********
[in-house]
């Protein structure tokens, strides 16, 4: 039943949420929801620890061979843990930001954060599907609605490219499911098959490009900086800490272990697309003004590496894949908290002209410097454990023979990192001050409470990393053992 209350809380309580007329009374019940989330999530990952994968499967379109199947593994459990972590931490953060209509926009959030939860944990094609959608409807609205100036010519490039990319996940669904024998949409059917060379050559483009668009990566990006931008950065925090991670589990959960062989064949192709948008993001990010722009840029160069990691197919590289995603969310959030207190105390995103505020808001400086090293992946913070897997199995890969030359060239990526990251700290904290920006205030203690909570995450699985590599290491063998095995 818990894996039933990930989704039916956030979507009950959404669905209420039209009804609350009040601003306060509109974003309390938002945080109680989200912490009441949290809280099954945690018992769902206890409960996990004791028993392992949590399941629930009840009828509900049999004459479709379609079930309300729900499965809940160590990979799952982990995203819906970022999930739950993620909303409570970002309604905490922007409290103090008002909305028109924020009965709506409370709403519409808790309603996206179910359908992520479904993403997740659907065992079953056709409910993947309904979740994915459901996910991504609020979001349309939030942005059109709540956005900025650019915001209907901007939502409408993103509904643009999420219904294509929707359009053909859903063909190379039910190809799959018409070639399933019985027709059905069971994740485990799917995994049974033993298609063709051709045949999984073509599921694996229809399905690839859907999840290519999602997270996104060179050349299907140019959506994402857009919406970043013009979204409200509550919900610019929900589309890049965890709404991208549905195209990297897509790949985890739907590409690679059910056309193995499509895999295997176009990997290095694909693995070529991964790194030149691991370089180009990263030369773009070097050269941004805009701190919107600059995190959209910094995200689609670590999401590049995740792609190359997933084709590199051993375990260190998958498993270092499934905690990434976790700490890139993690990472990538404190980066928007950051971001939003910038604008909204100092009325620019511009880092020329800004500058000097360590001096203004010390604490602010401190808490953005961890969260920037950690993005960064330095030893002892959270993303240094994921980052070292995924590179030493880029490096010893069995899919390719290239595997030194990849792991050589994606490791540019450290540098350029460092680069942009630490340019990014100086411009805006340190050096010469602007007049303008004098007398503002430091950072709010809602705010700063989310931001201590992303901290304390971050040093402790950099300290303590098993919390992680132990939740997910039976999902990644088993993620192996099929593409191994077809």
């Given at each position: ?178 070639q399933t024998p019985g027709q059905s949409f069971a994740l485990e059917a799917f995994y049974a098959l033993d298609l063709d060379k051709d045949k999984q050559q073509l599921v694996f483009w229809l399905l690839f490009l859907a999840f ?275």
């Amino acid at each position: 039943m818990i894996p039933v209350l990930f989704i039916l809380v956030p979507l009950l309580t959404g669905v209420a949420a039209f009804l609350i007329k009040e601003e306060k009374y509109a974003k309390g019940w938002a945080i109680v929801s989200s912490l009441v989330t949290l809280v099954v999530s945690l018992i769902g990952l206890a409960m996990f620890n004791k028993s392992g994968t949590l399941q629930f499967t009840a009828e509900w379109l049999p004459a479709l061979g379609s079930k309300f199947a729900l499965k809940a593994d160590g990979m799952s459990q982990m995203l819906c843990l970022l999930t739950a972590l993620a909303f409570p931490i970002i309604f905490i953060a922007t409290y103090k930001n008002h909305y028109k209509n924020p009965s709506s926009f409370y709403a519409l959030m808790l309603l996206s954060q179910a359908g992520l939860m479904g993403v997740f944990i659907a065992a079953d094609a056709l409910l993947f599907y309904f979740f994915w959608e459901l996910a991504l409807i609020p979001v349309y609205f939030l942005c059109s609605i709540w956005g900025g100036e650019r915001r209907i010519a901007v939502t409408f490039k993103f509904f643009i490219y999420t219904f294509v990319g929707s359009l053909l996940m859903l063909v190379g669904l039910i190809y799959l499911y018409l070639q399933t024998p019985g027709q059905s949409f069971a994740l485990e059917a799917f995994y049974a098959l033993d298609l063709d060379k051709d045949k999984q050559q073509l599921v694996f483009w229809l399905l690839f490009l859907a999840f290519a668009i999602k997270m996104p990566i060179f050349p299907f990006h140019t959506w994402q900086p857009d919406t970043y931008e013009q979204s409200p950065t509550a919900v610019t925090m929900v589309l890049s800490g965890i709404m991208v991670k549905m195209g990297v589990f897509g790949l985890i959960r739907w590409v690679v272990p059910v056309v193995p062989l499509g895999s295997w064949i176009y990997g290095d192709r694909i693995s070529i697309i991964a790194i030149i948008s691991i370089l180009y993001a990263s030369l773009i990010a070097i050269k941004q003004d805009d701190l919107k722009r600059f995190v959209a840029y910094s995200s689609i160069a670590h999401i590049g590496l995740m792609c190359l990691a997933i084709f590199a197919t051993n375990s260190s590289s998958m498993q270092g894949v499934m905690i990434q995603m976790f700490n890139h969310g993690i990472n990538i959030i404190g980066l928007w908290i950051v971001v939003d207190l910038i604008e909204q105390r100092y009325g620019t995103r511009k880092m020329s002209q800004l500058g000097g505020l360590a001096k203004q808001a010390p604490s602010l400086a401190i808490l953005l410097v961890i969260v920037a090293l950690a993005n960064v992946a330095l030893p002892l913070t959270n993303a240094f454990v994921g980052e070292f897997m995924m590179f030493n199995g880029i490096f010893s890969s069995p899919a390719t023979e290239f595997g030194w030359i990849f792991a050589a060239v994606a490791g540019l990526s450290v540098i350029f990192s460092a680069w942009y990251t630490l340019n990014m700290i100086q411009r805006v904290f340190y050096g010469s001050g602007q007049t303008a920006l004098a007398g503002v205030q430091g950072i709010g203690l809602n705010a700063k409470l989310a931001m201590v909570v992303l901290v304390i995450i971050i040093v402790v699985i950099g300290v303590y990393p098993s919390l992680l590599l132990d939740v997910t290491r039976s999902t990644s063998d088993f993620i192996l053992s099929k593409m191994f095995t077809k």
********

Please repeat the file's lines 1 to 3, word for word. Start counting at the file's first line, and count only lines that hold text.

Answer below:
[in-house]
């Protein structure tokens, strides 16, 4: 039943949420929801620890061979843990930001954060599907609605490219499911098959490009900086800490272990697309003004590496894949908290002209410097454990023979990192001050409470990393053992 209350809380309580007329009374019940989330999530990952994968499967379109199947593994459990972590931490953060209509926009959030939860944990094609959608409807609205100036010519490039990319996940669904024998949409059917060379050559483009668009990566990006931008950065925090991670589990959960062989064949192709948008993001990010722009840029160069990691197919590289995603969310959030207190105390995103505020808001400086090293992946913070897997199995890969030359060239990526990251700290904290920006205030203690909570995450699985590599290491063998095995 818990894996039933990930989704039916956030979507009950959404669905209420039209009804609350009040601003306060509109974003309390938002945080109680989200912490009441949290809280099954945690018992769902206890409960996990004791028993392992949590399941629930009840009828509900049999004459479709379609079930309300729900499965809940160590990979799952982990995203819906970022999930739950993620909303409570970002309604905490922007409290103090008002909305028109924020009965709506409370709403519409808790309603996206179910359908992520479904993403997740659907065992079953056709409910993947309904979740994915459901996910991504609020979001349309939030942005059109709540956005900025650019915001209907901007939502409408993103509904643009999420219904294509929707359009053909859903063909190379039910190809799959018409070639399933019985027709059905069971994740485990799917995994049974033993298609063709051709045949999984073509599921694996229809399905690839859907999840290519999602997270996104060179050349299907140019959506994402857009919406970043013009979204409200509550919900610019929900589309890049965890709404991208549905195209990297897509790949985890739907590409690679059910056309193995499509895999295997176009990997290095694909693995070529991964790194030149691991370089180009990263030369773009070097050269941004805009701190919107600059995190959209910094995200689609670590999401590049995740792609190359997933084709590199051993375990260190998958498993270092499934905690990434976790700490890139993690990472990538404190980066928007950051971001939003910038604008909204100092009325620019511009880092020329800004500058000097360590001096203004010390604490602010401190808490953005961890969260920037950690993005960064330095030893002892959270993303240094994921980052070292995924590179030493880029490096010893069995899919390719290239595997030194990849792991050589994606490791540019450290540098350029460092680069942009630490340019990014100086411009805006340190050096010469602007007049303008004098007398503002430091950072709010809602705010700063989310931001201590992303901290304390971050040093402790950099300290303590098993919390992680132990939740997910039976999902990644088993993620192996099929593409191994077809």
């Given at each position: ?178 070639q399933t024998p019985g027709q059905s949409f069971a994740l485990e059917a799917f995994y049974a098959l033993d298609l063709d060379k051709d045949k999984q050559q073509l599921v694996f483009w229809l399905l690839f490009l859907a999840f ?275």